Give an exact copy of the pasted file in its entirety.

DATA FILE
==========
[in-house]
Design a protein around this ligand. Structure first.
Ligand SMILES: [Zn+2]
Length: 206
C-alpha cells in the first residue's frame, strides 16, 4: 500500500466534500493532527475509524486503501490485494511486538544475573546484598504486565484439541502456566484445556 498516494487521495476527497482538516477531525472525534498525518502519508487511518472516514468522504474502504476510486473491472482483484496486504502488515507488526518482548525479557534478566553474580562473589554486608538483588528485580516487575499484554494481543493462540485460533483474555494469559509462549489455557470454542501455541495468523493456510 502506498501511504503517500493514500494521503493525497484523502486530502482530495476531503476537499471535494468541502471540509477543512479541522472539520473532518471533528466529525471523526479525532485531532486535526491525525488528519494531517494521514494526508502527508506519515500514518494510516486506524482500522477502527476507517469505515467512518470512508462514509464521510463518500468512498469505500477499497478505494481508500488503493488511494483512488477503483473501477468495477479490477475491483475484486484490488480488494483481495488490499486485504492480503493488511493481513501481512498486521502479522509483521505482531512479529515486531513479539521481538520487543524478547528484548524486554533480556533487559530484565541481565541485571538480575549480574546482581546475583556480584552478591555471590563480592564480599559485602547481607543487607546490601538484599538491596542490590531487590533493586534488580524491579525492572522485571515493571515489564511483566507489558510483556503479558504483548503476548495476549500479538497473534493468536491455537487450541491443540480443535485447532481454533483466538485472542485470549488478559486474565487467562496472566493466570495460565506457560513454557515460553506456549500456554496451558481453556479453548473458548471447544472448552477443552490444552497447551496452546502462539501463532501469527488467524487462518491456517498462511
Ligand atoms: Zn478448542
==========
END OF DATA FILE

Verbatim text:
[in-house]
Design a protein around this ligand. Structure first.
Ligand SMILES: [Zn+2]
Length: 206
C-alpha cells in the first residue's frame, strides 16, 4: 500500500466534500493532527475509524486503501490485494511486538544475573546484598504486565484439541502456566484445556 498516494487521495476527497482538516477531525472525534498525518502519508487511518472516514468522504474502504476510486473491472482483484496486504502488515507488526518482548525479557534478566553474580562473589554486608538483588528485580516487575499484554494481543493462540485460533483474555494469559509462549489455557470454542501455541495468523493456510 502506498501511504503517500493514500494521503493525497484523502486530502482530495476531503476537499471535494468541502471540509477543512479541522472539520473532518471533528466529525471523526479525532485531532486535526491525525488528519494531517494521514494526508502527508506519515500514518494510516486506524482500522477502527476507517469505515467512518470512508462514509464521510463518500468512498469505500477499497478505494481508500488503493488511494483512488477503483473501477468495477479490477475491483475484486484490488480488494483481495488490499486485504492480503493488511493481513501481512498486521502479522509483521505482531512479529515486531513479539521481538520487543524478547528484548524486554533480556533487559530484565541481565541485571538480575549480574546482581546475583556480584552478591555471590563480592564480599559485602547481607543487607546490601538484599538491596542490590531487590533493586534488580524491579525492572522485571515493571515489564511483566507489558510483556503479558504483548503476548495476549500479538497473534493468536491455537487450541491443540480443535485447532481454533483466538485472542485470549488478559486474565487467562496472566493466570495460565506457560513454557515460553506456549500456554496451558481453556479453548473458548471447544472448552477443552490444552497447551496452546502462539501463532501469527488467524487462518491456517498462511
Ligand atoms: Zn478448542